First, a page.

"I saw it as an opportunity to support our residents. When we can make a difference in our residents' lives we support our area's growth and future talent pool," he says. "Residents become employees, so working on a good cause that supports the prosperity of the neighborhood is a win-win situation."

He adds that he's looking forward to seeing how the growth of Circle Forest develops over time. The potential of the project to have a ripple effect throughout the area is something that he's thought about since his first experience on the land.  

"When you see something like Circle Forest you feel more positive about an area versus seeing clumps of dirt and trash. It signals this is a community that is on the way up, not on the way down," Pervine says. "I would love to see the project continue to move down the block, continue to move on to other blocks and areas, and just revitalize the land a bit at a time."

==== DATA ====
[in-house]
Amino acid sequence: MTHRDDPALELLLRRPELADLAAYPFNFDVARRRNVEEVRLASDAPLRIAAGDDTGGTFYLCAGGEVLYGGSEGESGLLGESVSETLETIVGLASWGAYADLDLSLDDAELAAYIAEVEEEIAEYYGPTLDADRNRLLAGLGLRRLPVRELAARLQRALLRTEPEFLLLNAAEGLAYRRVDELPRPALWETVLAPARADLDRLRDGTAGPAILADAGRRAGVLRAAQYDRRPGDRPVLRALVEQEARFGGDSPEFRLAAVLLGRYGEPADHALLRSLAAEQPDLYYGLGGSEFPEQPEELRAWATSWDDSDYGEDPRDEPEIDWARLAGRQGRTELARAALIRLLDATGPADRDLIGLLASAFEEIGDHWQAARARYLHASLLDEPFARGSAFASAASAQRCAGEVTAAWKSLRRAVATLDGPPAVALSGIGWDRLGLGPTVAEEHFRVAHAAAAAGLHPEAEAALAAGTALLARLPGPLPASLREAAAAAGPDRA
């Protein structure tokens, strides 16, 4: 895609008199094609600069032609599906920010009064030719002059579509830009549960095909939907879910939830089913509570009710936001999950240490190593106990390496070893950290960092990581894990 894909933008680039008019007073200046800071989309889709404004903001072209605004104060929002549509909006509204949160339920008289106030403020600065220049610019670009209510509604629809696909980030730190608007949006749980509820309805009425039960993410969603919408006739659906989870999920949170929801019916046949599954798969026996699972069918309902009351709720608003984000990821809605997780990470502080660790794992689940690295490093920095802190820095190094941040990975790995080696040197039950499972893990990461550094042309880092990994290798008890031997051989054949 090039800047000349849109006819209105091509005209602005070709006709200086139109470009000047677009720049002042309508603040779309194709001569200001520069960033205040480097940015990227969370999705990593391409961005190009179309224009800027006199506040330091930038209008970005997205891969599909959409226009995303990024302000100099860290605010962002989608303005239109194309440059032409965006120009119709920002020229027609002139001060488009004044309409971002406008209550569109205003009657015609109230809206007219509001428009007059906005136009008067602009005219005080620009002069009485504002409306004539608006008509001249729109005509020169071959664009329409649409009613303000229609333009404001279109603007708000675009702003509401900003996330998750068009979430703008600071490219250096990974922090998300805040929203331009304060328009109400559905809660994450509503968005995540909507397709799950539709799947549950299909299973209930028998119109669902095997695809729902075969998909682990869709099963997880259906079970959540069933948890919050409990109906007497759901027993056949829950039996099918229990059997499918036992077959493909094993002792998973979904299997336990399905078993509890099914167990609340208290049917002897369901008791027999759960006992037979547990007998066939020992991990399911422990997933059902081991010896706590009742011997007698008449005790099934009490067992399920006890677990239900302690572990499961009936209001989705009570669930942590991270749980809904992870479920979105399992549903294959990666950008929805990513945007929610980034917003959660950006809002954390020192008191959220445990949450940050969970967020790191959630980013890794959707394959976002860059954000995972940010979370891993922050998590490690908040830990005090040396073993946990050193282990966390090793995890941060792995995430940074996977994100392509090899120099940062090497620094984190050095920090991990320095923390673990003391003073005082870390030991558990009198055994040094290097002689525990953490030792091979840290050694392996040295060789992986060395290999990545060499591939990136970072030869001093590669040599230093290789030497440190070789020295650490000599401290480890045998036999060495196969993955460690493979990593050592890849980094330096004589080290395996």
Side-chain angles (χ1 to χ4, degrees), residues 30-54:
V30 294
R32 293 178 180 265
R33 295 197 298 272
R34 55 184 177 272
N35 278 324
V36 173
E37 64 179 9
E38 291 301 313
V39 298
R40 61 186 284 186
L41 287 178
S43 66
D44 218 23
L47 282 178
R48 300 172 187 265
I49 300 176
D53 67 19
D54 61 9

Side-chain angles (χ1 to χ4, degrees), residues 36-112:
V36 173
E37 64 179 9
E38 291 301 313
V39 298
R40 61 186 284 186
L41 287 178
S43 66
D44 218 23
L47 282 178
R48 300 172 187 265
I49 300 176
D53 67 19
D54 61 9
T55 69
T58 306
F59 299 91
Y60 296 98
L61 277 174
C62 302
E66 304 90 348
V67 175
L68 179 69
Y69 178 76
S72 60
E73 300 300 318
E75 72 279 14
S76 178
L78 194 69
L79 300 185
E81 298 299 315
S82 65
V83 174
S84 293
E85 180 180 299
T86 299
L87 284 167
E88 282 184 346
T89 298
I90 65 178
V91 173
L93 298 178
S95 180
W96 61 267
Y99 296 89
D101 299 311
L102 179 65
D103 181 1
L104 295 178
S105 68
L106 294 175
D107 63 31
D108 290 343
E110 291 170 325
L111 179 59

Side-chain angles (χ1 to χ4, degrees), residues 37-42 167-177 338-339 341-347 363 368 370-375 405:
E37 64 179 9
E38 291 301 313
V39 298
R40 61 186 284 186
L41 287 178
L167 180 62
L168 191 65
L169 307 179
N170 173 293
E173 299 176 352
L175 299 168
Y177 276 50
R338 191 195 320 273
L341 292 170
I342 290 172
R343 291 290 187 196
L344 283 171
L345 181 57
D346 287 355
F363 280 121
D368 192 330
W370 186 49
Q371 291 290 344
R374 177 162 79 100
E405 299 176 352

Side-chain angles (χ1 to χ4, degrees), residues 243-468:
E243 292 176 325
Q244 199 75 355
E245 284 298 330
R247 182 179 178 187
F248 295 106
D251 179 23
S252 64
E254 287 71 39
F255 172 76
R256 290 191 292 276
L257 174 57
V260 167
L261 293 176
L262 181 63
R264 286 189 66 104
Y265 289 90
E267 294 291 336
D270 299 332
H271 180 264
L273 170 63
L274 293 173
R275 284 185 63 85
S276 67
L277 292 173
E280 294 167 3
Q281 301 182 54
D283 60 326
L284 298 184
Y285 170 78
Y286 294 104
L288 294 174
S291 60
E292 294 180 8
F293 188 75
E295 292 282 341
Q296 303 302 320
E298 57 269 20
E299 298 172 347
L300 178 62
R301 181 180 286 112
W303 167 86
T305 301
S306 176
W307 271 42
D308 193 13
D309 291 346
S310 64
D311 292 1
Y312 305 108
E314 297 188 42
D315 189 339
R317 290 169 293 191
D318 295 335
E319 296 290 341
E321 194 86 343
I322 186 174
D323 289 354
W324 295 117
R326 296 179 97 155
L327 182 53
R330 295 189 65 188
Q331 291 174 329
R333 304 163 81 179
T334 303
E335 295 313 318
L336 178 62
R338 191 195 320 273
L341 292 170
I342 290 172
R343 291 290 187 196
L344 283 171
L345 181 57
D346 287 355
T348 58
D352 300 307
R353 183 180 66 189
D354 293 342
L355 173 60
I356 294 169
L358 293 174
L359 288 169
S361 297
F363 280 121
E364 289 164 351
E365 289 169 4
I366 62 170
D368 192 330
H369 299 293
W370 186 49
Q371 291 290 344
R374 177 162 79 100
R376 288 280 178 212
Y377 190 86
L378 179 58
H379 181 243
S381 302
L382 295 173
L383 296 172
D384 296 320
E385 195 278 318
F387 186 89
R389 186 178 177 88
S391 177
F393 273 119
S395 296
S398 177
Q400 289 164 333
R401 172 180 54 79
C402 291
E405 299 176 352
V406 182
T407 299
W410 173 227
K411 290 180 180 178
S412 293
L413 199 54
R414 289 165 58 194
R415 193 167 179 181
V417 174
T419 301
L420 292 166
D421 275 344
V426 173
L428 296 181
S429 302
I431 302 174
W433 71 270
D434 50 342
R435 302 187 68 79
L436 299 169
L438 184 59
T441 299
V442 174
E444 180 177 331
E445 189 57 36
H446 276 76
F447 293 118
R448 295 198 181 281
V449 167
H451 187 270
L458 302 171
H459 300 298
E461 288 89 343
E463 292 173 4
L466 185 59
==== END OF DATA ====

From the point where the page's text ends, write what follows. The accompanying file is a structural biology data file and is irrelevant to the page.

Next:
Photo: Arboretum Detroit.

Helping other Neighborhoods Turn Over a New Leaf

According to Patrick Crouch, Detroit Future City's landscape innovation manager, there is great potential for the project to be replicated. Circle Forest, he says, could be a model for learning and provide inspiration for other communities' growth. 

"Maybe not all communities can do it at the same scale. Some may want to do it on a larger scale, some smaller," he says. "We'd like people to come see some of the lessons we've learned and think of ways they can apply them in their own communities."